Take your Violets and picke the flowers, and weigh them, and  put them into a quart of water, and steepe them upon hot embers, untill such time as the flowers be turned white, and the water as blew as any violet, then take to that infusion four pound of clarified suger, and boyle it till it come to a syrupe, scumming them and boyling them uppon a gentle fire, and being boyled put the Syrup up and keepe it.

To make a fine Chrystall Gelly:

Take a knuckle of veale and four calves feet, and set them on the fire with a gallon of faire water, and when the flesh is boyled tender, take it out then let the liquor stand till it be cold, then take away the top and bottom of that liquor, and put the rest into a cleane Pipkin, and put into it one pound of clarified sugar, foure or five drops of oile of cynamon and Nutmeg, a graine of muske, and so let it boile a quarter of an hour leasurely on the fire.  Then let it run through a gelly bagge into a bason with the whites of two egges beaten, and when it is cold, you may cut it into lumpes with a spoone, and so serve three or foure lumpes upon a plate.

To make conserve of red and damask Roses:

Take of the purest and best coloured buds you can get, and clip off the whites from them, and to every pound of leaves you must take three pounds of Barbarie suger and beat them together, till they be very fine.  And then with a wooden spatter take it up, and set it on the fire till it bee hot, and then presently put it up, and it will be an excellent colour.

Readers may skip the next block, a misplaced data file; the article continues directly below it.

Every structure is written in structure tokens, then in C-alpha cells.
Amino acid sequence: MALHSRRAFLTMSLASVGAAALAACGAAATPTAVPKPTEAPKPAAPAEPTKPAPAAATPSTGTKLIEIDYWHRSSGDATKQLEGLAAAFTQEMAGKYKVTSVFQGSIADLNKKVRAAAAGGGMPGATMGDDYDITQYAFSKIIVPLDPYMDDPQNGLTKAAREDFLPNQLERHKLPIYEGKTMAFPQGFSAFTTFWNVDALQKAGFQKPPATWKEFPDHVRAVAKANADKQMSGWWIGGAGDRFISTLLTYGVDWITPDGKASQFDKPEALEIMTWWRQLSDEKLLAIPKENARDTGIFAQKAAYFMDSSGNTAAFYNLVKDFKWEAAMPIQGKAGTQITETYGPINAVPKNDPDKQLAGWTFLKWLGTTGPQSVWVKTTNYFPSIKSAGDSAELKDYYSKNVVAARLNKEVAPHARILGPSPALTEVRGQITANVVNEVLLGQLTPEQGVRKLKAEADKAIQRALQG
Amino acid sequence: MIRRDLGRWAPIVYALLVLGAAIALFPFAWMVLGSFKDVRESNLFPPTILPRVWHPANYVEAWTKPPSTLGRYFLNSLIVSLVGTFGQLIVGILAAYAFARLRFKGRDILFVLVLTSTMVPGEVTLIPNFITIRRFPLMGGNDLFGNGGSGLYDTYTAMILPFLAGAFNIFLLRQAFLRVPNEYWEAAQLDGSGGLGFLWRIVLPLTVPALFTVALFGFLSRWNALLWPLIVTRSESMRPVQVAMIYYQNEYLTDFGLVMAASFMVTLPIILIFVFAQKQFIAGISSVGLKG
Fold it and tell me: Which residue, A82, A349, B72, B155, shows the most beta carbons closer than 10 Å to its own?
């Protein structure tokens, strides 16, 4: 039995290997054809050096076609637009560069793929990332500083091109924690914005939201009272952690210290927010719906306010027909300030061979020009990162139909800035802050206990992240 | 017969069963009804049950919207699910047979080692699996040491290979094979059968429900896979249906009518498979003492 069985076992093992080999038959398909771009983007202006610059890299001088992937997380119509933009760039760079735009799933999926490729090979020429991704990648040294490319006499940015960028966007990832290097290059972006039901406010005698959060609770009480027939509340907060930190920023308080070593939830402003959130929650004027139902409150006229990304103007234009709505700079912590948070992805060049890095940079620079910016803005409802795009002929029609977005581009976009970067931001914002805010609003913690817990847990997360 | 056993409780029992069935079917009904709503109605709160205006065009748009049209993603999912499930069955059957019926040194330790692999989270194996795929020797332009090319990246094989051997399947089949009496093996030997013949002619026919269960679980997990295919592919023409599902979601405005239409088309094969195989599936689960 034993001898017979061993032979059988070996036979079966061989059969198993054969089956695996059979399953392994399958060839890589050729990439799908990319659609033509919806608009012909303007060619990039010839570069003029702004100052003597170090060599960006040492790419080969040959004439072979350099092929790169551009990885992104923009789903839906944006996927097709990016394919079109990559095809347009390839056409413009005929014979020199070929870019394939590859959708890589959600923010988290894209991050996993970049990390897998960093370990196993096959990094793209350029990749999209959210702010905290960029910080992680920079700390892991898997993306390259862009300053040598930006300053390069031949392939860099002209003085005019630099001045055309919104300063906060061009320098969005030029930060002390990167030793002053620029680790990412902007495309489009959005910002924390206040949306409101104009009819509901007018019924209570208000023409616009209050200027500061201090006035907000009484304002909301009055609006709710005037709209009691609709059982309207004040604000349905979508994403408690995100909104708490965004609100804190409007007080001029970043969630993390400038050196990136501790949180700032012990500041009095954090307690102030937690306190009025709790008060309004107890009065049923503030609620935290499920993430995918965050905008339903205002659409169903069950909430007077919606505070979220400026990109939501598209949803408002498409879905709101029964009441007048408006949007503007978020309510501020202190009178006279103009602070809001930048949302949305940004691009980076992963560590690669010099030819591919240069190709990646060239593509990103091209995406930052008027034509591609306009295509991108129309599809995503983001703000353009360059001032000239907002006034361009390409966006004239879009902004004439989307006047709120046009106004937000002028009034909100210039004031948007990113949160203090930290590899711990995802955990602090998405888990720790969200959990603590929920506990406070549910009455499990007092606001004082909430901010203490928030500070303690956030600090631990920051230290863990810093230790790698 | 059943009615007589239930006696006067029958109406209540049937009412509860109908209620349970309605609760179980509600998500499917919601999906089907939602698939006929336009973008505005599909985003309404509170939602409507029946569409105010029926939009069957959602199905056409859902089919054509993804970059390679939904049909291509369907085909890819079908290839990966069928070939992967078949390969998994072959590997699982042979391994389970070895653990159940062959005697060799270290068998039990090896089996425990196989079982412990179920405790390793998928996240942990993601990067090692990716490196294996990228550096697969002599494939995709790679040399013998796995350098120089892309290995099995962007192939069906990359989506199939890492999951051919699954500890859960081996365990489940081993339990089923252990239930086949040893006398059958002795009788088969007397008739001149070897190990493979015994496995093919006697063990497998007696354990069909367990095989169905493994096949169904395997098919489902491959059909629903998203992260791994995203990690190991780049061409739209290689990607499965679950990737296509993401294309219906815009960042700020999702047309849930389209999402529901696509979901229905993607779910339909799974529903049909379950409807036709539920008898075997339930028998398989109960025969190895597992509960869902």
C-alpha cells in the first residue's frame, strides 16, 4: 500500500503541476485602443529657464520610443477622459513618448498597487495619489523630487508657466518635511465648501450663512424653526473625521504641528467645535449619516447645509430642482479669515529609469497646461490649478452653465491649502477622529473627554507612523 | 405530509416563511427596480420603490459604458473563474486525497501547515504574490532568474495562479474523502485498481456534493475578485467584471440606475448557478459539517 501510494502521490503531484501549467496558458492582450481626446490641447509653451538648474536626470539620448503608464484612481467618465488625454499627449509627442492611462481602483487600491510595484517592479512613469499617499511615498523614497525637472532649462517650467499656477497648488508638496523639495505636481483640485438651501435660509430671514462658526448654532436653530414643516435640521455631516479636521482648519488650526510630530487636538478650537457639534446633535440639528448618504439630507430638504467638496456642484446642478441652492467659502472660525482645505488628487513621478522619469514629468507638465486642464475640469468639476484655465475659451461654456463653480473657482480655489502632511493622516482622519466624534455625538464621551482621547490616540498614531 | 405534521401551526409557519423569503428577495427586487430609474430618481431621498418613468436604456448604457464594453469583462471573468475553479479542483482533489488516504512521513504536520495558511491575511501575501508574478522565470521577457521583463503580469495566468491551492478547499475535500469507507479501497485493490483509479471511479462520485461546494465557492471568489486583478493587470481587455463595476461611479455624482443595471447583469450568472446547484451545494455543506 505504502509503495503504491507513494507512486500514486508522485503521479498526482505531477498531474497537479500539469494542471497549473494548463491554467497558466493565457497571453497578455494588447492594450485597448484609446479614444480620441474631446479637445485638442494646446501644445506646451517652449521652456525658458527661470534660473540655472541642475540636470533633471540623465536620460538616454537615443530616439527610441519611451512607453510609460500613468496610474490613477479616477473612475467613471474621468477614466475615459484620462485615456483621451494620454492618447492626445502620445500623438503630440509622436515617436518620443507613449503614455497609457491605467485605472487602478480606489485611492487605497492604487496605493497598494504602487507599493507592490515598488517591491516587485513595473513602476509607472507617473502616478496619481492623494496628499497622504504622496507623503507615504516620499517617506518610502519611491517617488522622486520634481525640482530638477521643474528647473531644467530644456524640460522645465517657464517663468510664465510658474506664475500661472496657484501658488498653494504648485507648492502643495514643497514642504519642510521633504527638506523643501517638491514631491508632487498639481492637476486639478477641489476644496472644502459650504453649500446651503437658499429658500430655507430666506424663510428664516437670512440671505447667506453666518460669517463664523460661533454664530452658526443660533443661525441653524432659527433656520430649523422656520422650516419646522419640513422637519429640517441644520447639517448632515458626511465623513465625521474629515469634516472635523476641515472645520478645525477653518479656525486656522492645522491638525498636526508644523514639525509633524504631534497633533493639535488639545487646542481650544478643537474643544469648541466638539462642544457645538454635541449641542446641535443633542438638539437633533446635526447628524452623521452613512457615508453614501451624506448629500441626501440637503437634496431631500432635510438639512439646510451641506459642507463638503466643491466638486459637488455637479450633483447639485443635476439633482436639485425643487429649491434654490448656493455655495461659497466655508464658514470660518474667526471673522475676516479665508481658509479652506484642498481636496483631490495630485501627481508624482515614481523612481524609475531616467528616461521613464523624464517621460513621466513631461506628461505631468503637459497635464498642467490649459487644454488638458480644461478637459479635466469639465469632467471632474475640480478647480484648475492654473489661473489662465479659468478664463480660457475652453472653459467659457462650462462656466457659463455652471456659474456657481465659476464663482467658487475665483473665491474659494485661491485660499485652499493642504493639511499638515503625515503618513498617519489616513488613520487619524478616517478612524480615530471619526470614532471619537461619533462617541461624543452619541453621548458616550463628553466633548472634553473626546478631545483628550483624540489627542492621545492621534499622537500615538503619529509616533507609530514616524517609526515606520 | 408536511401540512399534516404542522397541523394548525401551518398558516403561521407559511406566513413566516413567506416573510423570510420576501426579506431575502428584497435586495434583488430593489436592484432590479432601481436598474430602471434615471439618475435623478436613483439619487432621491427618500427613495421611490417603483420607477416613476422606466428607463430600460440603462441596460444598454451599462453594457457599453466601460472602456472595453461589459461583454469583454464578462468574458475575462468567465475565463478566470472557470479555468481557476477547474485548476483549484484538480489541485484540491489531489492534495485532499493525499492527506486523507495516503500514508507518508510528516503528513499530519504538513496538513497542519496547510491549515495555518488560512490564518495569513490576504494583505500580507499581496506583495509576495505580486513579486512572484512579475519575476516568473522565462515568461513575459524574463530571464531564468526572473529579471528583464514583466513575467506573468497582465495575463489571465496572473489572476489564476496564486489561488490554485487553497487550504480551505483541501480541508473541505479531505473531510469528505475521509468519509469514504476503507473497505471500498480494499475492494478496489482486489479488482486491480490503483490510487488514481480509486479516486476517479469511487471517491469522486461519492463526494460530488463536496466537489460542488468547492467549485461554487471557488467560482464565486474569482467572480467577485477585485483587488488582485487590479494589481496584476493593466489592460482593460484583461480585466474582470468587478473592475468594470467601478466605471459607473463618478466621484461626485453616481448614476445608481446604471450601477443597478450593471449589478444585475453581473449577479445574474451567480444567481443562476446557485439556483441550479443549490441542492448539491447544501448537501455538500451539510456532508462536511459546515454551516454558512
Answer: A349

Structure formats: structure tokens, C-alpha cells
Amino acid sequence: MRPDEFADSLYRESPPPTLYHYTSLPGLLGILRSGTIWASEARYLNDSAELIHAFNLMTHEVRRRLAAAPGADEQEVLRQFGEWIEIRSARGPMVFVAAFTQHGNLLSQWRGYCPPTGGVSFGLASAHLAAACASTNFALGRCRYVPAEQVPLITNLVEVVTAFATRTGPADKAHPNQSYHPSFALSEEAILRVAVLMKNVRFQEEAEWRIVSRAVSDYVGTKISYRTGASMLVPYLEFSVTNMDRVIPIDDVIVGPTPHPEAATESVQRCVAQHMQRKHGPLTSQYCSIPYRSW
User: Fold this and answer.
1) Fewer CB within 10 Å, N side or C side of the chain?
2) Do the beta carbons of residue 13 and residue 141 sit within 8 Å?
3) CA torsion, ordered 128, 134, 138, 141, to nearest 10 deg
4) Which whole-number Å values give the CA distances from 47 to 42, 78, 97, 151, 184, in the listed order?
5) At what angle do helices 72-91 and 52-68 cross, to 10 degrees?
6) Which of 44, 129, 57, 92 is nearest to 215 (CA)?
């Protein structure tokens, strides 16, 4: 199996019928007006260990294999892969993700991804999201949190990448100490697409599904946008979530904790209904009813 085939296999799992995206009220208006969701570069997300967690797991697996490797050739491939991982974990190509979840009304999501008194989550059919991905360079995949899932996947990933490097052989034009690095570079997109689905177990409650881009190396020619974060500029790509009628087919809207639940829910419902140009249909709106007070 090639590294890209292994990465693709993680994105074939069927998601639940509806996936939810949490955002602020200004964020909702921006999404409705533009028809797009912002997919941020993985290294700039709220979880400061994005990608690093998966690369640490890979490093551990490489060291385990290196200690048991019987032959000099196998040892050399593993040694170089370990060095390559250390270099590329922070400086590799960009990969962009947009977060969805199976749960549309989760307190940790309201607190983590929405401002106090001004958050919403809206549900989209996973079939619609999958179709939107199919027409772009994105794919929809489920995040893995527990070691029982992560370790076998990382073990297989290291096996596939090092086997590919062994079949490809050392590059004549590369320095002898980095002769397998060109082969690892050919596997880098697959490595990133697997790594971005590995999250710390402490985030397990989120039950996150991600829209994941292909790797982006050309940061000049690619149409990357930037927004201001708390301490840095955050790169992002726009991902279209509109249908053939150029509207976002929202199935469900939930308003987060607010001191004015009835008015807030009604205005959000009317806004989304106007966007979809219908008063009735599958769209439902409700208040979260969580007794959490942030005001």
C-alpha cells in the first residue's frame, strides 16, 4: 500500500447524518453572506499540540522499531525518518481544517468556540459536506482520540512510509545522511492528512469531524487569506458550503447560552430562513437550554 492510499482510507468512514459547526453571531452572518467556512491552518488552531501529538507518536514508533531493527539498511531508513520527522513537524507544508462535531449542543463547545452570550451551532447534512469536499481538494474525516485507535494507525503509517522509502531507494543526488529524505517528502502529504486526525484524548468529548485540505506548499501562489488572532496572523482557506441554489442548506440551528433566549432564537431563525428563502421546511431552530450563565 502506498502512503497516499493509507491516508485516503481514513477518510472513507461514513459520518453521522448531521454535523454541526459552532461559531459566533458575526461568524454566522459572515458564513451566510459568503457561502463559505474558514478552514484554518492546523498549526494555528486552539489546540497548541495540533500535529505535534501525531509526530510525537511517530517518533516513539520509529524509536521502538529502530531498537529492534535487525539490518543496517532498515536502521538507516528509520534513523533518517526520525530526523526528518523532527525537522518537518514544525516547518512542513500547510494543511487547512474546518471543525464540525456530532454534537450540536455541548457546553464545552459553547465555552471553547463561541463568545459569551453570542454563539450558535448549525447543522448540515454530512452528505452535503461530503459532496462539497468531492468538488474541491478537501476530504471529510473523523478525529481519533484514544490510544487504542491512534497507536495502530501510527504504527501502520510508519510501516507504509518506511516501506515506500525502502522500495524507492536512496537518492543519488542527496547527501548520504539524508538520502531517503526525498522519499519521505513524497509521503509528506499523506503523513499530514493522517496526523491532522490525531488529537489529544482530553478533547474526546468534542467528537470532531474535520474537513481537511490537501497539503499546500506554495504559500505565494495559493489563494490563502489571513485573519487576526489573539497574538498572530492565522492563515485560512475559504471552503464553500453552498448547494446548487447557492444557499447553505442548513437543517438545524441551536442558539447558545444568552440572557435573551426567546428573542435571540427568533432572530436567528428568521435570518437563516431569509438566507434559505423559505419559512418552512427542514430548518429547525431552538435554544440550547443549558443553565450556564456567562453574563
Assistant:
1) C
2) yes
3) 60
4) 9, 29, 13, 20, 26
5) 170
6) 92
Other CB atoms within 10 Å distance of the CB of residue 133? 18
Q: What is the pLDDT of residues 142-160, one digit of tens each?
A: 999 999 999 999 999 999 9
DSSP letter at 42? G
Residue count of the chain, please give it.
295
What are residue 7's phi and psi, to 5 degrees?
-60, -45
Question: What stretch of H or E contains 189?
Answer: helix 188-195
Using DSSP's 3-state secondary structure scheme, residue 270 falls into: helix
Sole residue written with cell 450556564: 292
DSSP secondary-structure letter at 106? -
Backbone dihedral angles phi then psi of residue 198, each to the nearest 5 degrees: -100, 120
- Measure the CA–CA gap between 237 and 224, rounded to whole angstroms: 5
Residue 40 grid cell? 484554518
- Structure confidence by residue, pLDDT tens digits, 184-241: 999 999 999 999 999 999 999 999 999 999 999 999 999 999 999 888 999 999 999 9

© 2009-2012 All Rights Reserved

Arte of Gardening Food

Elizabethan Gardens

Gardening was big business in Elizabethan England, as evinced by the plethora of gardening books available at the time. The most popular was Thomas Hill’s The Gardener’s Labyrinth, reprinted countless times from the 1570s onwards.

In addition to a bowling green and an artificial mount, very large Elizabethan gardens often included pattened parterres enclosed by a clipped box hedge, paths and walkways of gravel and sand, a fountain, and an ash arbour. More modest city gardens were less about showing off and were used instead for growing essential herbs and food, but even the great Elizabethan houses of the age had a kitchen garden.  Knot gardens were extremely popular with the aristocracy. They required a fair amount of maintenance, but were very pleasing to the eye and afforded somewhere charming to walk at all times of the year. Thomas Hill includes a pattern for a knot in his book: ‘A proper knotte to be cast in the quarter of a Garden, or otherwise, as there is sufficient roomth’: